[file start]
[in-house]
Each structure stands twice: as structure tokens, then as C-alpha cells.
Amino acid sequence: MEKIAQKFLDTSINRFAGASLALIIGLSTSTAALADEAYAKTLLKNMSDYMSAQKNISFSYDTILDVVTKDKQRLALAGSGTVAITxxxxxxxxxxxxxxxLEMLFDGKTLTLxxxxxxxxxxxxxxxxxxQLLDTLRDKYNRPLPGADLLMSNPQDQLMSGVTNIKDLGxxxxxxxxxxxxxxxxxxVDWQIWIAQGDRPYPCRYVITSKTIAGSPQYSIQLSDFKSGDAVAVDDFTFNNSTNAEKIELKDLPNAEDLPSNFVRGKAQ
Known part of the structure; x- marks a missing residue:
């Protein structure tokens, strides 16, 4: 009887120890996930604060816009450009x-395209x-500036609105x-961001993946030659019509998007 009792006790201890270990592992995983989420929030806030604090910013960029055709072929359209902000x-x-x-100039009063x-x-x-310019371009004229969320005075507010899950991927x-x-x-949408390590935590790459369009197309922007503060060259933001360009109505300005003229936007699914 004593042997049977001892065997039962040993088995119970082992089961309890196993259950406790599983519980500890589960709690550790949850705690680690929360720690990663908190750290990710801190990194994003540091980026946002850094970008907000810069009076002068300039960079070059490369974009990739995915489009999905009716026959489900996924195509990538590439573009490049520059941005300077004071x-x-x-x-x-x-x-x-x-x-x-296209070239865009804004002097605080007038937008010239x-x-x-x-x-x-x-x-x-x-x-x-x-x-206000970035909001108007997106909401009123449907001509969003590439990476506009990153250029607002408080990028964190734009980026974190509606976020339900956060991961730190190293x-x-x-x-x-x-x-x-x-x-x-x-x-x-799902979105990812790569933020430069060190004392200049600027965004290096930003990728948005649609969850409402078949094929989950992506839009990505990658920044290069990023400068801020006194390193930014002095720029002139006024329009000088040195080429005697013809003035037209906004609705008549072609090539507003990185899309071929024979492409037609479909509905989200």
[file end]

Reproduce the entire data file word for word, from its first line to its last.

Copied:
[in-house]
Each structure stands twice: as structure tokens, then as C-alpha cells.
Amino acid sequence: MEKIAQKFLDTSINRFAGASLALIIGLSTSTAALADEAYAKTLLKNMSDYMSAQKNISFSYDTILDVVTKDKQRLALAGSGTVAITxxxxxxxxxxxxxxxLEMLFDGKTLTLxxxxxxxxxxxxxxxxxxQLLDTLRDKYNRPLPGADLLMSNPQDQLMSGVTNIKDLGxxxxxxxxxxxxxxxxxxVDWQIWIAQGDRPYPCRYVITSKTIAGSPQYSIQLSDFKSGDAVAVDDFTFNNSTNAEKIELKDLPNAEDLPSNFVRGKAQ
Known part of the structure; x- marks a missing residue:
């Protein structure tokens, strides 16, 4: 009887120890996930604060816009450009x-395209x-500036609105x-961001993946030659019509998007 009792006790201890270990592992995983989420929030806030604090910013960029055709072929359209902000x-x-x-100039009063x-x-x-310019371009004229969320005075507010899950991927x-x-x-949408390590935590790459369009197309922007503060060259933001360009109505300005003229936007699914 004593042997049977001892065997039962040993088995119970082992089961309890196993259950406790599983519980500890589960709690550790949850705690680690929360720690990663908190750290990710801190990194994003540091980026946002850094970008907000810069009076002068300039960079070059490369974009990739995915489009999905009716026959489900996924195509990538590439573009490049520059941005300077004071x-x-x-x-x-x-x-x-x-x-x-296209070239865009804004002097605080007038937008010239x-x-x-x-x-x-x-x-x-x-x-x-x-x-206000970035909001108007997106909401009123449907001509969003590439990476506009990153250029607002408080990028964190734009980026974190509606976020339900956060991961730190190293x-x-x-x-x-x-x-x-x-x-x-x-x-x-799902979105990812790569933020430069060190004392200049600027965004290096930003990728948005649609969850409402078949094929989950992506839009990505990658920044290069990023400068801020006194390193930014002095720029002139006024329009000088040195080429005697013809003035037209906004609705008549072609090539507003990185899309071929024979492409037609479909509905989200």